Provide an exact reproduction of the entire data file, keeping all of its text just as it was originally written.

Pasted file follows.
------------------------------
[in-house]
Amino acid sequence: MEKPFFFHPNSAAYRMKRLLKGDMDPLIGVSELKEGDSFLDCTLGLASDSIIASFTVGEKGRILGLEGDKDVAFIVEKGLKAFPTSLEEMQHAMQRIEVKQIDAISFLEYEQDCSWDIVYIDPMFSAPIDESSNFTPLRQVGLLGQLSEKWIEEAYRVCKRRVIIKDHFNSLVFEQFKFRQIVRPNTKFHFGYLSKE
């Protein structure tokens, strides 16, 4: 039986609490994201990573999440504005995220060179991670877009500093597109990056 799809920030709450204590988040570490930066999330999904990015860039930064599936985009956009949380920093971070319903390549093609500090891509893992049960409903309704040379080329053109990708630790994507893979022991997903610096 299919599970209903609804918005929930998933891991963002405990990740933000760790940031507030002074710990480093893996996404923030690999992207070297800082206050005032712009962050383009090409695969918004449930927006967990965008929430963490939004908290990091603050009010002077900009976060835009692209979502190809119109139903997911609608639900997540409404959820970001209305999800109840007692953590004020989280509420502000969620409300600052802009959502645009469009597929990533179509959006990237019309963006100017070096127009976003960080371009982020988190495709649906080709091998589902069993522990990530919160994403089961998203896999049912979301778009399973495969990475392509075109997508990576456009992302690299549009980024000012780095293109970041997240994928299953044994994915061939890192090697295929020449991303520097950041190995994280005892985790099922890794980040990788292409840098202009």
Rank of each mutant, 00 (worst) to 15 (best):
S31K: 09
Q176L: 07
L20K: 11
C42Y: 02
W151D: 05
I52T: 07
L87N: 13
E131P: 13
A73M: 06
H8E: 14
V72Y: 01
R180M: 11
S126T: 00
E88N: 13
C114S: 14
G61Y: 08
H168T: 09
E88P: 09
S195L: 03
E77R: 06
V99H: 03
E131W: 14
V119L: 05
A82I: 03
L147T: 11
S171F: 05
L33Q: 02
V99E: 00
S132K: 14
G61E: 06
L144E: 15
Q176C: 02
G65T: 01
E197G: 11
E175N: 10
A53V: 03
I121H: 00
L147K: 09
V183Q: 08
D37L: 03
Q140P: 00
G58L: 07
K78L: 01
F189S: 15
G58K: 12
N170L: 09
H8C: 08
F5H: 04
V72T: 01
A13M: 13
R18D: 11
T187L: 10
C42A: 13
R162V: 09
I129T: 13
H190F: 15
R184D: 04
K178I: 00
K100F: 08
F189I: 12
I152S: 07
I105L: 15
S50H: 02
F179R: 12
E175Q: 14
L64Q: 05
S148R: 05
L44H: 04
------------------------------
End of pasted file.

[in-house]
Amino acid sequence: MEKPFFFHPNSAAYRMKRLLKGDMDPLIGVSELKEGDSFLDCTLGLASDSIIASFTVGEKGRILGLEGDKDVAFIVEKGLKAFPTSLEEMQHAMQRIEVKQIDAISFLEYEQDCSWDIVYIDPMFSAPIDESSNFTPLRQVGLLGQLSEKWIEEAYRVCKRRVIIKDHFNSLVFEQFKFRQIVRPNTKFHFGYLSKE
């Protein structure tokens, strides 16, 4: 039986609490994201990573999440504005995220060179991670877009500093597109990056 799809920030709450204590988040570490930066999330999904990015860039930064599936985009956009949380920093971070319903390549093609500090891509893992049960409903309704040379080329053109990708630790994507893979022991997903610096 299919599970209903609804918005929930998933891991963002405990990740933000760790940031507030002074710990480093893996996404923030690999992207070297800082206050005032712009962050383009090409695969918004449930927006967990965008929430963490939004908290990091603050009010002077900009976060835009692209979502190809119109139903997911609608639900997540409404959820970001209305999800109840007692953590004020989280509420502000969620409300600052802009959502645009469009597929990533179509959006990237019309963006100017070096127009976003960080371009982020988190495709649906080709091998589902069993522990990530919160994403089961998203896999049912979301778009399973495969990475392509075109997508990576456009992302690299549009980024000012780095293109970041997240994928299953044994994915061939890192090697295929020449991303520097950041190995994280005892985790099922890794980040990788292409840098202009």
Rank of each mutant, 00 (worst) to 15 (best):
S31K: 09
Q176L: 07
L20K: 11
C42Y: 02
W151D: 05
I52T: 07
L87N: 13
E131P: 13
A73M: 06
H8E: 14
V72Y: 01
R180M: 11
S126T: 00
E88N: 13
C114S: 14
G61Y: 08
H168T: 09
E88P: 09
S195L: 03
E77R: 06
V99H: 03
E131W: 14
V119L: 05
A82I: 03
L147T: 11
S171F: 05
L33Q: 02
V99E: 00
S132K: 14
G61E: 06
L144E: 15
Q176C: 02
G65T: 01
E197G: 11
E175N: 10
A53V: 03
I121H: 00
L147K: 09
V183Q: 08
D37L: 03
Q140P: 00
G58L: 07
K78L: 01
F189S: 15
G58K: 12
N170L: 09
H8C: 08
F5H: 04
V72T: 01
A13M: 13
R18D: 11
T187L: 10
C42A: 13
R162V: 09
I129T: 13
H190F: 15
R184D: 04
K178I: 00
K100F: 08
F189I: 12
I152S: 07
I105L: 15
S50H: 02
F179R: 12
E175Q: 14
L64Q: 05
S148R: 05
L44H: 04